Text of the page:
The following eleven units are manufactured in the Philippines from components produced in various countries: Automatic document transferring unit; induction heating fuser unit; induction heating power supply unit; transcription unit; developing unit; laser scanning unit; main drive unit; motor drive board; high voltage power supply board; low voltage power supply board; and automatic duplex unit board. The components manufactured in China and those manufactured in the Philippines are assembled into one main body in the Philippines. That body is sent to the factory in Japan.
The following work is performed in Japan. The OPC drum unit and the toner reservoir are manufactured. The system control board and the engine control board, which are manufactured in Japan, are mounted and inspected. Approximately 1,600 electronic parts and 500 electronic parts are mounted on the back of the system control board and the engine control board, respectively, by three large mounting machines. The boards are then inspected. At that point, about 1,100 electronic parts and 1,000 electronic parts are mounted on the front sides of the system control board and the engine control board, respectively. The boards are then inspected again. Workers then mount 19 parts on the system control board and 40 parts on the engine control board by hand soldering. The boards are then inspected again.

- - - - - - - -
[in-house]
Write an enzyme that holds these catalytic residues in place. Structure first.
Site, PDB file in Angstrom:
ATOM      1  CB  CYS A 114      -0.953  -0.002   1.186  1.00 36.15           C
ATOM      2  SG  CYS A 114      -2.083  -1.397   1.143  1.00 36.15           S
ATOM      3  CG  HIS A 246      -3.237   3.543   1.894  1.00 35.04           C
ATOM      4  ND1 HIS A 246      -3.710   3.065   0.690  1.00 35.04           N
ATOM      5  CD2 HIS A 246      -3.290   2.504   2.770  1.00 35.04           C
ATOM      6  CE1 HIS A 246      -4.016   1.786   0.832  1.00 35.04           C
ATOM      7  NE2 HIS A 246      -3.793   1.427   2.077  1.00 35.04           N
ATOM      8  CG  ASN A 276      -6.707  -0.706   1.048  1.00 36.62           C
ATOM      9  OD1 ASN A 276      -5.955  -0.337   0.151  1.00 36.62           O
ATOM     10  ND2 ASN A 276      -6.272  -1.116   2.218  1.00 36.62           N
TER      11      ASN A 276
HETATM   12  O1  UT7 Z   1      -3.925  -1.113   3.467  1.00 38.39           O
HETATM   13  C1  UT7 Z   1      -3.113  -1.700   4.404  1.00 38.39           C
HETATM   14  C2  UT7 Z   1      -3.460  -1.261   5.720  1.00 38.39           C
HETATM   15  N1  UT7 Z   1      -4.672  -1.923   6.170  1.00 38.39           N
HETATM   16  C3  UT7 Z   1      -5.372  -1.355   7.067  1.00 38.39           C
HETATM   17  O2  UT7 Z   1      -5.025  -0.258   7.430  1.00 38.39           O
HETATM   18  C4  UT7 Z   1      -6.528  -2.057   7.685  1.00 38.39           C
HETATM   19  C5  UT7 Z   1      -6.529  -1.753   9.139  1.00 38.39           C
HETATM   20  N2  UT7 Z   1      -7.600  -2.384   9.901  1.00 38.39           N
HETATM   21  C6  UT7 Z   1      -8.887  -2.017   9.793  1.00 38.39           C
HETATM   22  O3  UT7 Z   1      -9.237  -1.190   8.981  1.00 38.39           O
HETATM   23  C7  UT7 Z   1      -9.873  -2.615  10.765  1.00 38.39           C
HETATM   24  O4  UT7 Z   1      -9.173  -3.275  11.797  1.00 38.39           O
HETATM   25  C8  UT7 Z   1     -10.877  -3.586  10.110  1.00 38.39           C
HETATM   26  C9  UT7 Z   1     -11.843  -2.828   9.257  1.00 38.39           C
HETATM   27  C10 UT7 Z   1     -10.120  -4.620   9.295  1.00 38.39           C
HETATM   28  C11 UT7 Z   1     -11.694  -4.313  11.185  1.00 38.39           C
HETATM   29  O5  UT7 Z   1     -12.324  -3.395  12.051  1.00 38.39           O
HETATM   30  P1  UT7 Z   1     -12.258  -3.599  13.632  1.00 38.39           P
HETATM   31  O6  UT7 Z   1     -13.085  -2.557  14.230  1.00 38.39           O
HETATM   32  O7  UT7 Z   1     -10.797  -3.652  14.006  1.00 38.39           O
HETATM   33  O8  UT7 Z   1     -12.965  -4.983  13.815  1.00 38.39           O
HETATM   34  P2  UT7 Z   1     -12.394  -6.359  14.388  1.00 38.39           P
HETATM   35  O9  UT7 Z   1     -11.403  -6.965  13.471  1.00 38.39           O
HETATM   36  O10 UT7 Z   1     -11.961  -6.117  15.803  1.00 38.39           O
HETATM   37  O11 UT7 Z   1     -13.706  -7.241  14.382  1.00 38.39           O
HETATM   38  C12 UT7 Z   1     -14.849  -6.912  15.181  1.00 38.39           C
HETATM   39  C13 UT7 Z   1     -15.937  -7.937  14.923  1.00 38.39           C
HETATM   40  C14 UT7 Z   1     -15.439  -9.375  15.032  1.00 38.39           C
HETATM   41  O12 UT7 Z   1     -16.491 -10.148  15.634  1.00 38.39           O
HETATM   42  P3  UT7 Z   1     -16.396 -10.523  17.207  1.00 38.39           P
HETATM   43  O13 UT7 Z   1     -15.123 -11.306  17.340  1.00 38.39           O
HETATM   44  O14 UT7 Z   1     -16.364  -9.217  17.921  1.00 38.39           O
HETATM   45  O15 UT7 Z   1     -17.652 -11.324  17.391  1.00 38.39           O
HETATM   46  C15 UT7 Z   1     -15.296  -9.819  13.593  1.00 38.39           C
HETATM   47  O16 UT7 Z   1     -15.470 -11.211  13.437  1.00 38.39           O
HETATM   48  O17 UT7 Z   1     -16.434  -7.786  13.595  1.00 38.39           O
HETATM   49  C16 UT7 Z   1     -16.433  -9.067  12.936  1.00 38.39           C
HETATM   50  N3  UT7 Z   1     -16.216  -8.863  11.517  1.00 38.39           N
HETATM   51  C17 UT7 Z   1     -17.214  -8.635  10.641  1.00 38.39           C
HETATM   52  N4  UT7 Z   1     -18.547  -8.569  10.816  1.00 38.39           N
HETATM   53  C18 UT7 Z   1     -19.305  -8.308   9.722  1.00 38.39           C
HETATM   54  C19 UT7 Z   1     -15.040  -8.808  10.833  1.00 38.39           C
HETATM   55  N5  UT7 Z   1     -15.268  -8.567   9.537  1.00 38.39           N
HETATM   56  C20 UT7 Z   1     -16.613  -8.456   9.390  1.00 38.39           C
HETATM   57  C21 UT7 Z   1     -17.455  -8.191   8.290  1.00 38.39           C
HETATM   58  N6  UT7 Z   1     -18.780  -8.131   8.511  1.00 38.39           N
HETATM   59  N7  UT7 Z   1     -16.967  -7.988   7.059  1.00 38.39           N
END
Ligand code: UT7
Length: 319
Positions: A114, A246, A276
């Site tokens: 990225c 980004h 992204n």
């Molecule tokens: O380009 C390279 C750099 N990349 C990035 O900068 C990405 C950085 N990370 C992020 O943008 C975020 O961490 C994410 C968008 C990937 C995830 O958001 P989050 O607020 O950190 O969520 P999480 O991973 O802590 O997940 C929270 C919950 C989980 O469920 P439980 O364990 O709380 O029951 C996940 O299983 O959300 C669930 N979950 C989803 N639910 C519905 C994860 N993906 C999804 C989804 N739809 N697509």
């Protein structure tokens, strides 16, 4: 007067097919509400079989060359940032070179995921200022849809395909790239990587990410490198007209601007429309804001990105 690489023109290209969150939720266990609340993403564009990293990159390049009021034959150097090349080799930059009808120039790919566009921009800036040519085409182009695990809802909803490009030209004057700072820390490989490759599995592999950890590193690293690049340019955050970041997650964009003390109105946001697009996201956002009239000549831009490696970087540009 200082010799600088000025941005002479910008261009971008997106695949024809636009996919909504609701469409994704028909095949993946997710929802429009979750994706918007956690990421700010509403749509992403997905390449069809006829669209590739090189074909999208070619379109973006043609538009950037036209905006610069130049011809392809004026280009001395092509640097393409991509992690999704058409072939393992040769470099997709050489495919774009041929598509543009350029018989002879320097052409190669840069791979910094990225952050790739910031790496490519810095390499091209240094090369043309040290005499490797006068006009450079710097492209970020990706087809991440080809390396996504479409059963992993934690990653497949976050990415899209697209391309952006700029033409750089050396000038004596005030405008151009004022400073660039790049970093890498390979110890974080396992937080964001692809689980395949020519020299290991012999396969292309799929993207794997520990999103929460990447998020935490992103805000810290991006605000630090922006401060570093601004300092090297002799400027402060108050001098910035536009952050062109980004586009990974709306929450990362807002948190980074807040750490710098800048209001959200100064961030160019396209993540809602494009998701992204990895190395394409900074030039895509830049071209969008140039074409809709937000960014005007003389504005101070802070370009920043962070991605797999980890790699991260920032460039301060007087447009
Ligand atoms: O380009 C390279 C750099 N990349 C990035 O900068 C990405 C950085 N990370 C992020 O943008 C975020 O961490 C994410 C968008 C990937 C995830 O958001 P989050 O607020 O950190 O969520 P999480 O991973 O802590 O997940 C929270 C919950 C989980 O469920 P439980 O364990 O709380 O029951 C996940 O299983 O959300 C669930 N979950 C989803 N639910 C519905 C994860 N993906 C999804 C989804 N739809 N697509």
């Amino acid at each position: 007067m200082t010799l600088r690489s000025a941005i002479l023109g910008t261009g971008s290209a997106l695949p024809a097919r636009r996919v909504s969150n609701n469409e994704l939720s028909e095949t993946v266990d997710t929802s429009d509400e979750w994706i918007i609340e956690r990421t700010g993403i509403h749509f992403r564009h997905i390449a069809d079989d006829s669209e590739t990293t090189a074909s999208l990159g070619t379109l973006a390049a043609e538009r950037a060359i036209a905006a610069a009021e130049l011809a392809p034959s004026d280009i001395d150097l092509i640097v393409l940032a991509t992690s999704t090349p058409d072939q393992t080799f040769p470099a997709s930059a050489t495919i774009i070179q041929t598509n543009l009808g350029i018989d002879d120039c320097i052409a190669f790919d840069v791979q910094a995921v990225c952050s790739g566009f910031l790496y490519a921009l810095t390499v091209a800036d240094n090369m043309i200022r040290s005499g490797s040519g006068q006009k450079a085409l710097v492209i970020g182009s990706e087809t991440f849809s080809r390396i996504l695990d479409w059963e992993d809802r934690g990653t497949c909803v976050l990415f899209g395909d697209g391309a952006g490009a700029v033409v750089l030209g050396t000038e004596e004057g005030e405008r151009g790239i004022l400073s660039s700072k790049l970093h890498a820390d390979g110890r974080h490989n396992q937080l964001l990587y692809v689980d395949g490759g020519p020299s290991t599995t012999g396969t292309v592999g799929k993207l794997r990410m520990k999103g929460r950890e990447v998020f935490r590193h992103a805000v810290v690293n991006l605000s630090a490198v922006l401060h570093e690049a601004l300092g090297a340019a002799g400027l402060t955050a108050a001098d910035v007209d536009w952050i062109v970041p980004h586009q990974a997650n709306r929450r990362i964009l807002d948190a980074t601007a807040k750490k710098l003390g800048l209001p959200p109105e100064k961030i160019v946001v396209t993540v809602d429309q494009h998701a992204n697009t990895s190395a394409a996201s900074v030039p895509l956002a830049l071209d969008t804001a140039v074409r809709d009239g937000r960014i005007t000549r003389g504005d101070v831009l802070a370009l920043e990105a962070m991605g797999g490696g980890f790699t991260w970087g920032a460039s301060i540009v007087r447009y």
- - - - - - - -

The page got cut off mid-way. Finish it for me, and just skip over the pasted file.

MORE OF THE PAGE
You state that the workers involved in the mounting and soldering of the parts should be highly skilled because the parts are mounted densely in view of the large number of parts and the fact that each electronic part is microminiaturized. After the mounting process is completed, the boards are inspected as to functionality by special measurement equipment. This inspection takes approximately 10 to 20 minutes per board.
At this point in the process, the OPC drum unit, the toner reservoir, the system control board and the engine control board are incorporated into the main body which was assembled in the Philippines. The next step is the installation of firmware into the system control board and the engine control board. You state that the firmware in the system control board controls the user interface, imaging, and memories; the firmware in the engine control board controls machinery. You state that the firmware, which is developed in Japan, is similar to the application software of a personal computer.
The process concludes with the inspection of the completed product and adjustments to the concentration in the toner, print position, print color, and print quality. These adjustments are necessary for accurate printing.
Second Scenario—Manufacturing in the Philippines and Japan